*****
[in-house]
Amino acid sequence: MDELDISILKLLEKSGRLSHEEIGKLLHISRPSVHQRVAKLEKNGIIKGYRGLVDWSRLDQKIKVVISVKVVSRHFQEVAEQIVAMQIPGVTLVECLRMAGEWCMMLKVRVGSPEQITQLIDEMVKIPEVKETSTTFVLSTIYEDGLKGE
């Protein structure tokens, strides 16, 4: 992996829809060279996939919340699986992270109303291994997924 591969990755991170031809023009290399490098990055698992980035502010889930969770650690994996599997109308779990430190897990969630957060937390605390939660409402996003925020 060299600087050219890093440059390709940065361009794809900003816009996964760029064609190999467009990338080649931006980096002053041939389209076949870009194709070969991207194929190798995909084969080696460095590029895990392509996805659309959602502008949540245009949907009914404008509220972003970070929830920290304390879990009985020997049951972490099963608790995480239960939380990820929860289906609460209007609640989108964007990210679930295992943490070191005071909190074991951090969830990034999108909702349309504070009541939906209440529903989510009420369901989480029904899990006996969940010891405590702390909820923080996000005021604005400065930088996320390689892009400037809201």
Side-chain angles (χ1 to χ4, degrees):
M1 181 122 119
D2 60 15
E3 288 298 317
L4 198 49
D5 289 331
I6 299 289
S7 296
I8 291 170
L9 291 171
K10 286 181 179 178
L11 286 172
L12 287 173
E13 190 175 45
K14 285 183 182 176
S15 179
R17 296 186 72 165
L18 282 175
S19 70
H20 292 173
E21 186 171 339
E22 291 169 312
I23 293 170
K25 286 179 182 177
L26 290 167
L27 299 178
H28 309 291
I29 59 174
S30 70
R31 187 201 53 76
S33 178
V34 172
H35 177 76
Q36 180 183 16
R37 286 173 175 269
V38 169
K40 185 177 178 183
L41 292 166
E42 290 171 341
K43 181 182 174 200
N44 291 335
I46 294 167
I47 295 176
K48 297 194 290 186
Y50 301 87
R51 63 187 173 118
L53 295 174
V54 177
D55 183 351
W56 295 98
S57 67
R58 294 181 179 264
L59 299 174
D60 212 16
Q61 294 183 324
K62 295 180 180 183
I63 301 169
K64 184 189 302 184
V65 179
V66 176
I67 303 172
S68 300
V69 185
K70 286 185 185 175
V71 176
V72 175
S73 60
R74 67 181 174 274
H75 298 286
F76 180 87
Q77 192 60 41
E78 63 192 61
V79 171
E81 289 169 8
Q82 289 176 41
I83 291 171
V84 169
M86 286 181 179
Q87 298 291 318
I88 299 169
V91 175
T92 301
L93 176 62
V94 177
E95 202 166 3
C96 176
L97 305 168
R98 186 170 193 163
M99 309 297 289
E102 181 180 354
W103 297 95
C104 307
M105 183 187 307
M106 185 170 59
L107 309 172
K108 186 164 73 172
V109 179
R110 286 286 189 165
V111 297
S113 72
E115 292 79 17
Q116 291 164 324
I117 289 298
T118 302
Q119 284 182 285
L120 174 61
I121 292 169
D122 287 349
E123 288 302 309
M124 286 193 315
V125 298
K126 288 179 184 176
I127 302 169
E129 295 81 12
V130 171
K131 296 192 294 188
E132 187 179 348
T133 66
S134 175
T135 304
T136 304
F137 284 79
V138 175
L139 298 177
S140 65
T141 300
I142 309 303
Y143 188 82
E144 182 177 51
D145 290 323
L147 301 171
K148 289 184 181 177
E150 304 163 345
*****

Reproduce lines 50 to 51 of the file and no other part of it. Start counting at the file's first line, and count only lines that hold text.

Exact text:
L53 295 174
V54 177